At odds with this boundary is yet another boundary: the agenda of the Australian government. Despite announcing plans to close the Manus Island detention centre (with no specified date), the possibility of bringing current detainees to Australia for settlement has been firmly ruled out. Neither of the two major parties possesses the will to grant these 1296 persons residency and protection in Australia.

Perhaps the most significant boundary of the issue is the displacement crisis itself, without which there would be no influx of refugees to begin with. Such migrations of scale inevitably bring risks along with them, regarding the receiving country’s economic stability, cultural identity and safety.

Due to the range of opinions present within the citizen body, public dissatisfaction with the government’s immigration policies can arguably never be fully resolved.

However, when focusing on the issue of offshore detention, resolution of the issue could look like closure of the camps, resettlement of the 1296 persons Australia, and thus a successful end to protests and campaigns such as #CloseTheCamps and #BringThemHere.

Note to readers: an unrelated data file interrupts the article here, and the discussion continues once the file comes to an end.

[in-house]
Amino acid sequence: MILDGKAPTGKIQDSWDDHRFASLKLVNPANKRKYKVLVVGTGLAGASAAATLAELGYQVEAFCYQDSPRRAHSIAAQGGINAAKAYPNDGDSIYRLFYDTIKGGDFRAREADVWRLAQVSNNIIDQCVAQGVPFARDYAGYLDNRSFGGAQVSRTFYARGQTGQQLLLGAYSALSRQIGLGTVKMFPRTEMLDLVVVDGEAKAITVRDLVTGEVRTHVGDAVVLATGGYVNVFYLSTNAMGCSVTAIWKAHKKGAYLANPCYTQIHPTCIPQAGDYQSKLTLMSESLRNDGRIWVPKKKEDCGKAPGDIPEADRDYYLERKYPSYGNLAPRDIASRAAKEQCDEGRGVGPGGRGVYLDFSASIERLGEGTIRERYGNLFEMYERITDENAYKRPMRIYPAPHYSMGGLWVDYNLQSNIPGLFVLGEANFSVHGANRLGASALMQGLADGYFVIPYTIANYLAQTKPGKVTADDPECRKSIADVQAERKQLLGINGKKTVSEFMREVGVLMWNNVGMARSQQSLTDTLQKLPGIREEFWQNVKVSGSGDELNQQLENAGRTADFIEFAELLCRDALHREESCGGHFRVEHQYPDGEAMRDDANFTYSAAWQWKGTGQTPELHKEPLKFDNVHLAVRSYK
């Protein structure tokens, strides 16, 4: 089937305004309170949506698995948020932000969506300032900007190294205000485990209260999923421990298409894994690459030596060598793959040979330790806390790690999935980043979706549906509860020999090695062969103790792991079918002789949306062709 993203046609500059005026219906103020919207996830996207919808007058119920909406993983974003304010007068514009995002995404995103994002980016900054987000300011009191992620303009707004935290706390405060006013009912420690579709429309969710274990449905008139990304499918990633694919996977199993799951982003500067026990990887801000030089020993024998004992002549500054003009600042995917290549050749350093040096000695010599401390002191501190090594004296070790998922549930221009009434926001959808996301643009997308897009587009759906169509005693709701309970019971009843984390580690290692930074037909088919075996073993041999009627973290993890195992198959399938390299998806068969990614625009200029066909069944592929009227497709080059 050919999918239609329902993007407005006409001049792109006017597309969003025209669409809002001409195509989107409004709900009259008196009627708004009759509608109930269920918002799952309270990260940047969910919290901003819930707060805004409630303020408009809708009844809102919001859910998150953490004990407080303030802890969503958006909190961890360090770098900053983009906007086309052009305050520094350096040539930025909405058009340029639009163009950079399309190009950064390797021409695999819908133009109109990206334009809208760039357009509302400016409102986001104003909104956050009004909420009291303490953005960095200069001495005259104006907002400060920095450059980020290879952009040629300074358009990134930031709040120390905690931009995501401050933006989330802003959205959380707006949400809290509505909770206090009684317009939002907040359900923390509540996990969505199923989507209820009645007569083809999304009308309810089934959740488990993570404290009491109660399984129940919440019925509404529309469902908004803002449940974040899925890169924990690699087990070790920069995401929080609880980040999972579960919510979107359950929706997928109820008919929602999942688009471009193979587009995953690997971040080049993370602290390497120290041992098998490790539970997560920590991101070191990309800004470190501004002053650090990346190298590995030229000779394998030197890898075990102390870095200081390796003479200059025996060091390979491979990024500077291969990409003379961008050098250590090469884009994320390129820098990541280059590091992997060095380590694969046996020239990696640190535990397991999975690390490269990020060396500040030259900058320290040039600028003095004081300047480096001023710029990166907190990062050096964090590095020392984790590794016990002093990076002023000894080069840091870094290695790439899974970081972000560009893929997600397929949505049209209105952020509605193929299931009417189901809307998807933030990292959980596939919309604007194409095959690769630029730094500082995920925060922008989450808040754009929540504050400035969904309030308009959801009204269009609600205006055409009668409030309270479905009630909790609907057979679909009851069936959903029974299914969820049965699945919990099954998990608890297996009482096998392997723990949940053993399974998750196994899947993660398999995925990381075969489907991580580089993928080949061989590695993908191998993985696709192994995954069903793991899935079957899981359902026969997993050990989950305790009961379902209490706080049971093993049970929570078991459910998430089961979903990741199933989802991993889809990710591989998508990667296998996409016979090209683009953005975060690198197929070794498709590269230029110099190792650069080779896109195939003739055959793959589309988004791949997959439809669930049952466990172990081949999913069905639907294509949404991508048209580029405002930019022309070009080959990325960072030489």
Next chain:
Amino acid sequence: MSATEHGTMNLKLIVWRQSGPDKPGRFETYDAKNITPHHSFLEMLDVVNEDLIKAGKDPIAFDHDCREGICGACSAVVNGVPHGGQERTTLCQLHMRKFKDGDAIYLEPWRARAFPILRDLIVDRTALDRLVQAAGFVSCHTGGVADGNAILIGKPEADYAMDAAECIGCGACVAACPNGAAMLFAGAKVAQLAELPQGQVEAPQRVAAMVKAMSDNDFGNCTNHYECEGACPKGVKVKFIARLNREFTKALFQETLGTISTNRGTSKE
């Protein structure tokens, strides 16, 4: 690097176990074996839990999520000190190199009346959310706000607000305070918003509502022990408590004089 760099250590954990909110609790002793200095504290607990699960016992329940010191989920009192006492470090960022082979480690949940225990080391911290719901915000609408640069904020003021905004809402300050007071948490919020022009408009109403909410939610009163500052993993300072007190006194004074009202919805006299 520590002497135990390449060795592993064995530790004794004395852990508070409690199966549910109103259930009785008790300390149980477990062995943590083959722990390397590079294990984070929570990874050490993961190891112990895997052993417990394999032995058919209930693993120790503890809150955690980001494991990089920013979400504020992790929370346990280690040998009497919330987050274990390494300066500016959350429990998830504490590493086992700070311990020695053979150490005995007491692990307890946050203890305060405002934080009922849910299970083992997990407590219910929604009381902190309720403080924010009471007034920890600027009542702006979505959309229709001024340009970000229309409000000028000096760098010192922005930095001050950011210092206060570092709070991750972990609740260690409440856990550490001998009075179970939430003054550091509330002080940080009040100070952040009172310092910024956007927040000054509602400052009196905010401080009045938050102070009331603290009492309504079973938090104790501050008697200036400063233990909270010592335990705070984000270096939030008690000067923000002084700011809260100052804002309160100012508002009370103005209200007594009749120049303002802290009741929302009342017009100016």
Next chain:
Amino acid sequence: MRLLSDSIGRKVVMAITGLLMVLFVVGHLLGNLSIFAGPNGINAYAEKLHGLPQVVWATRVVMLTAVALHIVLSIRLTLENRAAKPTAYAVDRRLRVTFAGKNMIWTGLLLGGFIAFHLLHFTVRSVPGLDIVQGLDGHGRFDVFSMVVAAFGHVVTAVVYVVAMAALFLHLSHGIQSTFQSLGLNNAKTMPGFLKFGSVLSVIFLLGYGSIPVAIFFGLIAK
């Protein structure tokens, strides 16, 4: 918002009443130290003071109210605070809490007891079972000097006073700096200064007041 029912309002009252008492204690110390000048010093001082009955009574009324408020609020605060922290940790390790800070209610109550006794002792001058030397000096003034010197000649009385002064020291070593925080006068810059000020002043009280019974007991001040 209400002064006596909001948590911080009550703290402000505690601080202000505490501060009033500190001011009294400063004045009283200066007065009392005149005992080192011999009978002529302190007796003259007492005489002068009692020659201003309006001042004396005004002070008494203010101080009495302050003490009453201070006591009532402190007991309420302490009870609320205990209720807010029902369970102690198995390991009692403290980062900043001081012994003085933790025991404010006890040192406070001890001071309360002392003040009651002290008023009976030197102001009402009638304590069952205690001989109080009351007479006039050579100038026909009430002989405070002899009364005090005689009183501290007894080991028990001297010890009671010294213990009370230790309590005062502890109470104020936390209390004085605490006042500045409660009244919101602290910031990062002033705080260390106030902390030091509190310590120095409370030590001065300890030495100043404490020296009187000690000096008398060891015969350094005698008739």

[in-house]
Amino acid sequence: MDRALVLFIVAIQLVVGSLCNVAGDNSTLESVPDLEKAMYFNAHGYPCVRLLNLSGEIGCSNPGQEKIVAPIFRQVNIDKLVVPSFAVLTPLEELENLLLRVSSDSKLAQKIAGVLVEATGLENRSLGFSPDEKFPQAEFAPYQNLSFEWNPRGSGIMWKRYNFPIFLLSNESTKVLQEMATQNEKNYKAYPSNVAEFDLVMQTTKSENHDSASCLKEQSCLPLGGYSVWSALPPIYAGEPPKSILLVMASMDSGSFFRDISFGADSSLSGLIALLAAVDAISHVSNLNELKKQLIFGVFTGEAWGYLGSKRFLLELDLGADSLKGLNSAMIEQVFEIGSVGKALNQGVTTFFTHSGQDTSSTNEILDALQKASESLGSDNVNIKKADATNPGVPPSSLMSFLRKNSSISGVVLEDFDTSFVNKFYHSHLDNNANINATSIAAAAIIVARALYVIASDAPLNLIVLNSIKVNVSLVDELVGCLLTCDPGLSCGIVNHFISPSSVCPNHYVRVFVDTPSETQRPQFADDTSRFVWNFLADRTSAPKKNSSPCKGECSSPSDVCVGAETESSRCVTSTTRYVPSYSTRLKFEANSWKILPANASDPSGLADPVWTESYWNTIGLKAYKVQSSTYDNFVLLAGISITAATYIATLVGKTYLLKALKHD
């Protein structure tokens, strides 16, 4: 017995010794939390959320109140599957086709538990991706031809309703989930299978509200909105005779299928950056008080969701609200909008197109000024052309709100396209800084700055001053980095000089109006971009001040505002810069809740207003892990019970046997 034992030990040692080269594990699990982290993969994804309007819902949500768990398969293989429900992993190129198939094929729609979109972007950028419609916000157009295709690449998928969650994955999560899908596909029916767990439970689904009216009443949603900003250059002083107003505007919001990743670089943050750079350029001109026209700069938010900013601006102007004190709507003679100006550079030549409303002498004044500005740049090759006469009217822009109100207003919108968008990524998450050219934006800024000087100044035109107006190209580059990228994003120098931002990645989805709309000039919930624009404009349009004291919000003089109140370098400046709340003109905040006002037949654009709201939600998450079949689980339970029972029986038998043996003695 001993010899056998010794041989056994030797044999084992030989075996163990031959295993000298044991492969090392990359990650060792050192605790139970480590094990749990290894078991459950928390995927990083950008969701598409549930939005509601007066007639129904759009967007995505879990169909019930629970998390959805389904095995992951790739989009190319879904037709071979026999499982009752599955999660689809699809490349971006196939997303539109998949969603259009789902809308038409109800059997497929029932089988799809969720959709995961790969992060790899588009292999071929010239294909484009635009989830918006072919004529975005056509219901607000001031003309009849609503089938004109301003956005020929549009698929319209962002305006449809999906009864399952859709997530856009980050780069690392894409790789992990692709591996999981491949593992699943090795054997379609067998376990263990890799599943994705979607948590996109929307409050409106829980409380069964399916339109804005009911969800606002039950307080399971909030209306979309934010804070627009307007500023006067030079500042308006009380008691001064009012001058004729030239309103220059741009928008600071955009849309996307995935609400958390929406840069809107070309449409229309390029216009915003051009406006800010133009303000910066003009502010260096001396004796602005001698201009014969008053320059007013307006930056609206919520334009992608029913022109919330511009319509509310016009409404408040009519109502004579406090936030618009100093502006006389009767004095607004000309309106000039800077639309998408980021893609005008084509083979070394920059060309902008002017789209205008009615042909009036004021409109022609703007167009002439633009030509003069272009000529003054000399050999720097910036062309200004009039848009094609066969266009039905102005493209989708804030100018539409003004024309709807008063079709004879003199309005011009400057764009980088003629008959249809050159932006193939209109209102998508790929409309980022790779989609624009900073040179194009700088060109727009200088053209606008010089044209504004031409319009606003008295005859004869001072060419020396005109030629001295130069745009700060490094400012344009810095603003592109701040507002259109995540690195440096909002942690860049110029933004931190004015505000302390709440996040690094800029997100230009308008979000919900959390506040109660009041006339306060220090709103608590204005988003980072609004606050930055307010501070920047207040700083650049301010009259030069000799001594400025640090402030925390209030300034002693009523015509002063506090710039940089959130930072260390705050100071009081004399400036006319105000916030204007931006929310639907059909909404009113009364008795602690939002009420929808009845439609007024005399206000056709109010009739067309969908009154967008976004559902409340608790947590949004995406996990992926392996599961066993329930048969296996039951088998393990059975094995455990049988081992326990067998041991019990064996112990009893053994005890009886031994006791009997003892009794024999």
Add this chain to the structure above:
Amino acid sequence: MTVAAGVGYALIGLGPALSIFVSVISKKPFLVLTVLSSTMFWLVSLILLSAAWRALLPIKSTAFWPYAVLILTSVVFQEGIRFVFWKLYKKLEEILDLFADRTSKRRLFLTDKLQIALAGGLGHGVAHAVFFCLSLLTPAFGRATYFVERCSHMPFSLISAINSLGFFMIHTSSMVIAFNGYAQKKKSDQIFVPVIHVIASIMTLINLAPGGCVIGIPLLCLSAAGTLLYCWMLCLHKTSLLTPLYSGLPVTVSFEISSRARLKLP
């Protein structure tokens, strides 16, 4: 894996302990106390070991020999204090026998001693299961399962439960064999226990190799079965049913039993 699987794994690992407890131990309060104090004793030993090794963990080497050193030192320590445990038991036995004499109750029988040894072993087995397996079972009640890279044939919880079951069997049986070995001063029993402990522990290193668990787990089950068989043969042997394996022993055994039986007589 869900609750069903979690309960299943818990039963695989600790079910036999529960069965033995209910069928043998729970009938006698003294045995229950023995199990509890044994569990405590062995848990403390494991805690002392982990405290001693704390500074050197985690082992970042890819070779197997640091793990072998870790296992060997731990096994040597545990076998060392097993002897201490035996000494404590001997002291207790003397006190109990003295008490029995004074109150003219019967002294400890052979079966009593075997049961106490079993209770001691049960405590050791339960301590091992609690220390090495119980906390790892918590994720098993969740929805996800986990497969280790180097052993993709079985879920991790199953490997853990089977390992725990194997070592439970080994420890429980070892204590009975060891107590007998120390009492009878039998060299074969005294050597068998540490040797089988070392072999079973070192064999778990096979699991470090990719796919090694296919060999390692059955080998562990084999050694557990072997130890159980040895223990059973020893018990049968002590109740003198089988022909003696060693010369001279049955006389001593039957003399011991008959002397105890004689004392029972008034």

If offshore detention is not addressed, the volume of the outrage is only likely to increase. If the camps are closed, but the refugees are not allowed to settle in Australia, our country’s international reputation and relations will arguably be damaged, by the government’s unwillingness to exercise compassion towards those whom they have undoubtedly mistreated.

  1. When does the problem occur? When does it need to be fixed?

The expression of public discomfort with offshore detention procedures is only increasing as time goes on. The recent leakage of the Nauru Files has further amplified the demand for action. This issue needs to be addressed by the government immediately, so that those detained may be granted protection and the hope of a new life.

  1. Where is the problem occurring?

Whilst the root of passionate anti-detention sentiment is being caused by the detainment occurring on Manus Island and Nauru, the resulting problem is occurring in the disconnect between the will of the government and the will of many passionate Australians. Furthermore, my previous Twitter scraping exercise revealed that this sense of dissatisfaction extends beyond the borders of our own country, with users from a multitude of other nations expressing disdain for Australia’s offshore detention situation.

  1. Why is it important that the problem is fixed? What impact does it have on all stakeholders?

From the perspective of campaigners against offshore detention, the camps must be closed for the sake of morality, ethics, and an end to refugee mistreatment and trauma. From the perspective of the government, fixing the problem will stop what has become a major economic drain. Furthermore, relations with Papua New Guinea will be improved.